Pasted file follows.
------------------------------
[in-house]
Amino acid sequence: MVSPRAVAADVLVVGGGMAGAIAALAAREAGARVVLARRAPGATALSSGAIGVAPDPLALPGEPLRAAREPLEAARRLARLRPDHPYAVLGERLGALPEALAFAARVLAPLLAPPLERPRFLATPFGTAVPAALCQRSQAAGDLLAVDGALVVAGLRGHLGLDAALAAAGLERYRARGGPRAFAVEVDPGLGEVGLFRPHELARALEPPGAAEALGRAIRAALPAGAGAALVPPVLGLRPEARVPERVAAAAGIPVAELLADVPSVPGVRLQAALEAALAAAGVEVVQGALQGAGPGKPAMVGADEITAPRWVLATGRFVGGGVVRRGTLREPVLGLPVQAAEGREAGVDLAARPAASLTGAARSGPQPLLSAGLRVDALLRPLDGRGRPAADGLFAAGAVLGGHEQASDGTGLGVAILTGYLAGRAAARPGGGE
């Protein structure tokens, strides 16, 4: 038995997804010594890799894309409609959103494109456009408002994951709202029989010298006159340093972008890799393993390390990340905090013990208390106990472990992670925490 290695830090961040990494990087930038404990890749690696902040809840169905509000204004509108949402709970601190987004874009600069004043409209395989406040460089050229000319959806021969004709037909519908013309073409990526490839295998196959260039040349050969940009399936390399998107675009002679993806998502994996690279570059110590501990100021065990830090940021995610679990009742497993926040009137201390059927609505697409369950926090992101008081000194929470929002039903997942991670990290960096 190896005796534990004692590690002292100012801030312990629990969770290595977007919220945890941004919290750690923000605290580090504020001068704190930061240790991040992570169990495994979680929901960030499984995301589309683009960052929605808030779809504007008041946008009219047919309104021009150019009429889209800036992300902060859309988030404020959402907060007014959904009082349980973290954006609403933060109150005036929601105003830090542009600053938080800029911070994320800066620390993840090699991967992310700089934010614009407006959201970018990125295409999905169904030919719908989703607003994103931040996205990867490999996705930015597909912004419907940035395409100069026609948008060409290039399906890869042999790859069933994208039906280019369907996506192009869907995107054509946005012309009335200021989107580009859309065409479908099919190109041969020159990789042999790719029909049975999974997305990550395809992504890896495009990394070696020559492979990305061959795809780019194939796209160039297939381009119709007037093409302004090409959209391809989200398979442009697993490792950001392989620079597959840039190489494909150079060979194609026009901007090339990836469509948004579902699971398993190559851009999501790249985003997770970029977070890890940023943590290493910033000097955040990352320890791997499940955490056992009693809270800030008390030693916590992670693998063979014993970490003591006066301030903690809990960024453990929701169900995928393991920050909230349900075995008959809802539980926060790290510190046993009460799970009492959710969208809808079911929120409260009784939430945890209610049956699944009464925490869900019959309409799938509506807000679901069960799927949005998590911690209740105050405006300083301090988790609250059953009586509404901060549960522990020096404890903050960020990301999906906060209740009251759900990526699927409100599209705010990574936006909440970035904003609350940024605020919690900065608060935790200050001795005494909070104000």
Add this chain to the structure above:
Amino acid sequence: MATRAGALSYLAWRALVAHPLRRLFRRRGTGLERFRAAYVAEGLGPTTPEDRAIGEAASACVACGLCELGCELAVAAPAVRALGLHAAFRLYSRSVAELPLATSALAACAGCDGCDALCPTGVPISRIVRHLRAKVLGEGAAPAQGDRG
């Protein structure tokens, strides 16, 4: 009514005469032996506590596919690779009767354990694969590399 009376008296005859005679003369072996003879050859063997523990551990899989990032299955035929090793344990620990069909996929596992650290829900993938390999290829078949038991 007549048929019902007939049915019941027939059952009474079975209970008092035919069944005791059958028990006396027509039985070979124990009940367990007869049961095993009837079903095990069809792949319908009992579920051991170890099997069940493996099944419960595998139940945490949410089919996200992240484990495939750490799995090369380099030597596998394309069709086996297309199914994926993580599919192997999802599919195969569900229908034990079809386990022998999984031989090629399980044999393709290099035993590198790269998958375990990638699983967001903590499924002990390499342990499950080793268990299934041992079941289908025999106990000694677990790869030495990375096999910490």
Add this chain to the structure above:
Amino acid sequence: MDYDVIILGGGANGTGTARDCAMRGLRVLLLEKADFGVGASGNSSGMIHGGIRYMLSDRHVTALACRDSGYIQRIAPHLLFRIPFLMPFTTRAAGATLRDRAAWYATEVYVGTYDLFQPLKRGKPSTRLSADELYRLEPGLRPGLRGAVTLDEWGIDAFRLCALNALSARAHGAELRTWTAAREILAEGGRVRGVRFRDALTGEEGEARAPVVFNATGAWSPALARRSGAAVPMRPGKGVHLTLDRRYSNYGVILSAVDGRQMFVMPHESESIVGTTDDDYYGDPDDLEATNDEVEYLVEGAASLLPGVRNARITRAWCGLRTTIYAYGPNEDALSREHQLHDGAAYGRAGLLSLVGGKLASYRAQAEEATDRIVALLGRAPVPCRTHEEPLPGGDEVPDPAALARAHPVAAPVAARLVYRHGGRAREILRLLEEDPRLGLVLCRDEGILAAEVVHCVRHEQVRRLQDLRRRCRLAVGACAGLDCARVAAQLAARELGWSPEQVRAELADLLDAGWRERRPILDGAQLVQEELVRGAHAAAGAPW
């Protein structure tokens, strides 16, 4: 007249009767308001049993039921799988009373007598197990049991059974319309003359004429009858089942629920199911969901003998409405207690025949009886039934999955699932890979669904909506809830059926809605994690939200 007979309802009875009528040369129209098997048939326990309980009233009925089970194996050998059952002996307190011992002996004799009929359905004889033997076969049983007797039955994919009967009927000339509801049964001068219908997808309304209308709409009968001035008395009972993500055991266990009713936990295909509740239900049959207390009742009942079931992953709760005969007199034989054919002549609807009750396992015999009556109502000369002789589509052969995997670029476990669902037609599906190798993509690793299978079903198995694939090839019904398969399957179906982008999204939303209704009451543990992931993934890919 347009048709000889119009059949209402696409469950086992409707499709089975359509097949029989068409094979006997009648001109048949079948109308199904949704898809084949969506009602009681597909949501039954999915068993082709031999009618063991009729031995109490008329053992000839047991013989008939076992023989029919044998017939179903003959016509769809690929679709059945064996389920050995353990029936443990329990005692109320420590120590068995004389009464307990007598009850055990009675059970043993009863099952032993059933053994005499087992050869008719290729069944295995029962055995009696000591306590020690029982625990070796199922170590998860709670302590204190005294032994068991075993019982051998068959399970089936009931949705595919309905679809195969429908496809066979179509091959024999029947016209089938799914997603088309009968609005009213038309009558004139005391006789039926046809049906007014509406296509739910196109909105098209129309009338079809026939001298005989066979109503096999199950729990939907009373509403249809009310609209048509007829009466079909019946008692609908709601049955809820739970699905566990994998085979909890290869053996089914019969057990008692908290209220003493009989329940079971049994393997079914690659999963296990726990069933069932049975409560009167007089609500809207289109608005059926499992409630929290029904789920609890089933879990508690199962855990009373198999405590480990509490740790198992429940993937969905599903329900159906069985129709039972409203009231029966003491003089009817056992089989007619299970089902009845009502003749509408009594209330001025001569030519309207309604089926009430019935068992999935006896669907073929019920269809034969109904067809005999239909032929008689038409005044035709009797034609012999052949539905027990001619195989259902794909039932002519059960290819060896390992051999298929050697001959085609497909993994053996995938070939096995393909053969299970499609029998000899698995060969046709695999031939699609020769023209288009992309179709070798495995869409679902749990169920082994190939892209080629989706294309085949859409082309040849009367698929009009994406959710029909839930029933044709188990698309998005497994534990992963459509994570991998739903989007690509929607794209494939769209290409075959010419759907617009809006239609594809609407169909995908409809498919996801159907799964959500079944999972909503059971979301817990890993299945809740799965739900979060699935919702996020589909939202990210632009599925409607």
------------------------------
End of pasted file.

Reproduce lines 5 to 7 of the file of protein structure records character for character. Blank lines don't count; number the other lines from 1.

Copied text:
Amino acid sequence: MATRAGALSYLAWRALVAHPLRRLFRRRGTGLERFRAAYVAEGLGPTTPEDRAIGEAASACVACGLCELGCELAVAAPAVRALGLHAAFRLYSRSVAELPLATSALAACAGCDGCDALCPTGVPISRIVRHLRAKVLGEGAAPAQGDRG
């Protein structure tokens, strides 16, 4: 009514005469032996506590596919690779009767354990694969590399 009376008296005859005679003369072996003879050859063997523990551990899989990032299955035929090793344990620990069909996929596992650290829900993938390999290829078949038991 007549048929019902007939049915019941027939059952009474079975209970008092035919069944005791059958028990006396027509039985070979124990009940367990007869049961095993009837079903095990069809792949319908009992579920051991170890099997069940493996099944419960595998139940945490949410089919996200992240484990495939750490799995090369380099030597596998394309069709086996297309199914994926993580599919192997999802599919195969569900229908034990079809386990022998999984031989090629399980044999393709290099035993590198790269998958375990990638699983967001903590499924002990390499342990499950080793268990299934041992079941289908025999106990000694677990790869030495990375096999910490």
Add this chain to the structure above: